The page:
Hi Wesley; Welcome to Permies!
I don't know of any "permies " type names.
BUT... (Showing my age here) I've always know them as outhouses!
Of course yours is indoors. How about an inhouse ?
I know "Necessary" room is probably more Permie sounding.
But hey, don't make fun of an elder :) You'll be one someday as well :)
Seriously, I think visitors will still think of it as the bath room, no matter what you call it. Its sort of instilled in us as american youngsters.
Even when its just a toilet and sink a (1/2 bath) and no bath tub... we still call it the bathroom.
And you really can't call it a water closet (WC, as they say in merry old England) because you're not using water to send the waste down a pipe to never be seen again.
Composting closet? CC? That doesn't work, does it.
"The rule of no realm is mine. But all worthy things that are in peril as the world now stands, these are my care. And for my part, I shall not wholly fail in my task if anything that passes through this night can still grow fairer or bear fruit and flower again in days to come. For I too am a steward. Did you not know?" Gandolf
I also have an in-house composting toilet (upstairs), and a room for bathing, with a shower, bathtub and sink (downstairs). Personally I call the toilet room the "toilet," and the bathing room the "bathroom." These are the terminology Ladakhis used for the first 20+ years I lived here.
One of my Indian housemates recently started calling the toilet the "loo," which works perfectly, but only if people know the word.
Now there's a new habit in India of calling the toilet the "washroom" much as Americans say "bathroom," and I find it confusing (and I prefer that nobody washes in my dry composting toilet).
Anecdotes about Americans saying "bathroom" when they mean "toilet" abound. When my brother-in-law first visited Ladakh, a student showed him around our school. Then the American asked for the bathroom. The student took him to one of the tiled rooms with a little drain in the corner, and stood there watching from the doorway. I suppose the student thought he might want to wash his hands or face after arriving by plane in the early morning. My brother-in-law was confused: "She told me about the composting toilets here being the proverbial hole in the floor, but that's tiny and too far into the corner!"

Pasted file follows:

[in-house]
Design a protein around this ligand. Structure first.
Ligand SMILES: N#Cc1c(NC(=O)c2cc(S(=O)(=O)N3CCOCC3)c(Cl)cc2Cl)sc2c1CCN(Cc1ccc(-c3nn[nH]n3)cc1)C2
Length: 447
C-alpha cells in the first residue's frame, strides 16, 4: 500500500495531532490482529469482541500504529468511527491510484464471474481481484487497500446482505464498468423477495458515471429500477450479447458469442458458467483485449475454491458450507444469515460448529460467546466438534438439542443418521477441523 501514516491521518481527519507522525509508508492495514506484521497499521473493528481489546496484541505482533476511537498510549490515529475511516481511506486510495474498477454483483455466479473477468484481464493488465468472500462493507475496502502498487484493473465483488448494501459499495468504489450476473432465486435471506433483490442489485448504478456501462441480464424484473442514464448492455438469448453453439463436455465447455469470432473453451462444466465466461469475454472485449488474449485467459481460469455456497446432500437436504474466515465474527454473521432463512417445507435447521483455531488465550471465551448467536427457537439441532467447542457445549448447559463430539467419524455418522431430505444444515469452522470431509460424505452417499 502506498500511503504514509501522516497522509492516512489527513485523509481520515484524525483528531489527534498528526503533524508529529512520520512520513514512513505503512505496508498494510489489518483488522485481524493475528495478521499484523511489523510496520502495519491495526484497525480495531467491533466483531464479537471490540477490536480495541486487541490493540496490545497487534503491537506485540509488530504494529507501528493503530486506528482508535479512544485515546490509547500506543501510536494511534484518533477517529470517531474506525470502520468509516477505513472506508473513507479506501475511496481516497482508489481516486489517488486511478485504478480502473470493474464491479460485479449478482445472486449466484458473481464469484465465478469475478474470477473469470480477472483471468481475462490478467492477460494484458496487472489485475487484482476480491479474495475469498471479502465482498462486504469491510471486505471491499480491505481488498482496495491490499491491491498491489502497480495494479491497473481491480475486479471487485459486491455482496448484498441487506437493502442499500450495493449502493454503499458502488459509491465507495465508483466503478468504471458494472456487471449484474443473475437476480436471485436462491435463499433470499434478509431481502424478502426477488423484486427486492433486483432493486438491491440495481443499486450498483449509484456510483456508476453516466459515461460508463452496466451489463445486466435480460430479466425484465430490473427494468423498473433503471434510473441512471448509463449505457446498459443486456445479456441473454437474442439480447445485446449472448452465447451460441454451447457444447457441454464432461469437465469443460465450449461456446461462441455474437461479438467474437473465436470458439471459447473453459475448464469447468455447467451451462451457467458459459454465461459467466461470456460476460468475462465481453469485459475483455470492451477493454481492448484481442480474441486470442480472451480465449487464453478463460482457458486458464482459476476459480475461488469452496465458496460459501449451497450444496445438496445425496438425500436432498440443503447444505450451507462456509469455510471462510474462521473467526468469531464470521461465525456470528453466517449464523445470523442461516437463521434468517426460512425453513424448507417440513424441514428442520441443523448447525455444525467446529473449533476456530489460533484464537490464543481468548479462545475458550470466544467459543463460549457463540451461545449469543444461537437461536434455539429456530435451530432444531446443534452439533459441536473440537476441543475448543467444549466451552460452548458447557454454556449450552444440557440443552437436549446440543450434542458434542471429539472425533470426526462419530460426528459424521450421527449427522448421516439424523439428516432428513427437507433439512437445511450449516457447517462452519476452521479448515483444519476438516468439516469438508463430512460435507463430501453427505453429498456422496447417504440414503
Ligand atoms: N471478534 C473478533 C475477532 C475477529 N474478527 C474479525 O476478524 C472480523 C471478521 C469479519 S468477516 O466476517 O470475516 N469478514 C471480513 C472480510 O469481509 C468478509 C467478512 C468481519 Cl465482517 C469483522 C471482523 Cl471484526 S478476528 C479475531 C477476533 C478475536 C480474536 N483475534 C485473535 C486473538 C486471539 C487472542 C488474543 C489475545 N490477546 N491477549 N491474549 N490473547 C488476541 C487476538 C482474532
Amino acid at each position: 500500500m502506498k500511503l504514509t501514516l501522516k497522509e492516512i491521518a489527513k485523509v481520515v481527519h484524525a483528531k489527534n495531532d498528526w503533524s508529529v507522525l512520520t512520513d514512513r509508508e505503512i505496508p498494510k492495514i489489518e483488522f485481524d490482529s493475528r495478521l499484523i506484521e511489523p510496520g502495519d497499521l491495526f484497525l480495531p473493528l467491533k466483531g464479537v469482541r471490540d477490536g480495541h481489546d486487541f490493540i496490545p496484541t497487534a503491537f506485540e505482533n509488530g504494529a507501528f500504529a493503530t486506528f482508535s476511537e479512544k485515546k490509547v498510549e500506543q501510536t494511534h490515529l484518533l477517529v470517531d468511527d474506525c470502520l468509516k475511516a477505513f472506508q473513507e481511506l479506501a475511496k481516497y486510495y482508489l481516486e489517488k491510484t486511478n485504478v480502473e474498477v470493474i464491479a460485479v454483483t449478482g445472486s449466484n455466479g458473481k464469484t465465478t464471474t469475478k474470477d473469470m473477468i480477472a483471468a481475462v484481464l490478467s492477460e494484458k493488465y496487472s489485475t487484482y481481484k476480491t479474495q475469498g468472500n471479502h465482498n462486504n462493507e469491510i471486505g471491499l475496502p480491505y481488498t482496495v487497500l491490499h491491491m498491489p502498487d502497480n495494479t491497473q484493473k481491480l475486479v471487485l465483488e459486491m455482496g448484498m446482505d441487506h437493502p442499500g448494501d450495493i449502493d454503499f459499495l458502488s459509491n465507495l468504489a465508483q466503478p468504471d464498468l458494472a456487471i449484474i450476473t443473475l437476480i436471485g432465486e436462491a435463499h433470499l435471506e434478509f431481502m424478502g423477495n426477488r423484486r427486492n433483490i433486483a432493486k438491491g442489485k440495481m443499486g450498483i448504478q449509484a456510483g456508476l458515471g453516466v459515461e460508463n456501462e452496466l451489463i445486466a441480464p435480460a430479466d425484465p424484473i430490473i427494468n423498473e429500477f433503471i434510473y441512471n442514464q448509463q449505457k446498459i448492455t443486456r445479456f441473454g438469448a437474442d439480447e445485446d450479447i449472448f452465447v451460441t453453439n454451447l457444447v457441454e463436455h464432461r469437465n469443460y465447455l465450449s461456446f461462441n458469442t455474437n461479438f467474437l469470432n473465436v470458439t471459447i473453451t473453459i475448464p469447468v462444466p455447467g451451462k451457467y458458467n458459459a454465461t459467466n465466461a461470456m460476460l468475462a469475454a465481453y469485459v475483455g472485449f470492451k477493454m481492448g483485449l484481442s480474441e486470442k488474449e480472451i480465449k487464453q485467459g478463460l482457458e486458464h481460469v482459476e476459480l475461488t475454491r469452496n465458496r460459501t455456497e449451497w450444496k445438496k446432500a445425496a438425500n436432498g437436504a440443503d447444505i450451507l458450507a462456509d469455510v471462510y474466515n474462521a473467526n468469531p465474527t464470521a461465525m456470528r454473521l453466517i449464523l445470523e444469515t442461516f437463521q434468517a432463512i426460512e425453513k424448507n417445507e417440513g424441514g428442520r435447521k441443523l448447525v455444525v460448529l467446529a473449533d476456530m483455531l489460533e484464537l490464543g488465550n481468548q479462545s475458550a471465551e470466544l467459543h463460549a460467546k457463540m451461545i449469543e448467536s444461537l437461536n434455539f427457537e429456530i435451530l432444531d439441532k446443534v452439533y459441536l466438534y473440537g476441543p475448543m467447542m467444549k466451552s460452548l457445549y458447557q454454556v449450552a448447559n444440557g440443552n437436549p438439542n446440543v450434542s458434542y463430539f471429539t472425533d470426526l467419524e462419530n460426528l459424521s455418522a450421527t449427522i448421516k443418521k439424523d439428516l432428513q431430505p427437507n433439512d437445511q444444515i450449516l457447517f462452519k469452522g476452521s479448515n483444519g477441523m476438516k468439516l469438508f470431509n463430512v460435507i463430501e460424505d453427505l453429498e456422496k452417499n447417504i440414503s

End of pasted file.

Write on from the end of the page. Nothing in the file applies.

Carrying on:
My own anecdote is from Russia in the 80s, when the water in Leningrad (St Petersburg) was notorious. I was out walking around the city, far from my hotel, when I got hit by urgency. I went running around but couldn't find a public toilet. I looked in my phrasebook for "bathroom" and found "ванная", pronounced vannaya, which I proceeded to say and point to in the book. Someone in the helpful crowd gathering around me mimed lathering up in the shower with quizzical look. In frustration i ran off and ended up under some shrubbery in a park. Ugh! What a horrible tourist!
Works at a residential alternative high school in the Himalayas SECMOL.org . "Back home" is Cape Cod, E Coast USA.
At first glance, that may not seem to fit if there is a man about the home. But I have to admit, although I am a guy, as I age, I find myself squatting more and more even if it is just #1 that I must go.
Oh the confessions that come up on Permies Forums sometimes!
gardener & author
Location: Ladakh, Indian Himalayas at 10,500 feet, zone 5
A human being should be able to change a diaper, plan an invasion, butcher a hog, conn a ship, design a building, write a sonnet, balance accounts, build a wall, set a bone, comfort the dying, take orders, give orders, cooperate, act alone, solve equations, analyze a new problem, pitch manure, program a computer, cook a tasty meal, fight efficiently, die gallantly. Specialization is for insects.
-Robert A. Heinlein
Humans and their filthy friendship brings nothing but trouble. My only solace is this tiny ad: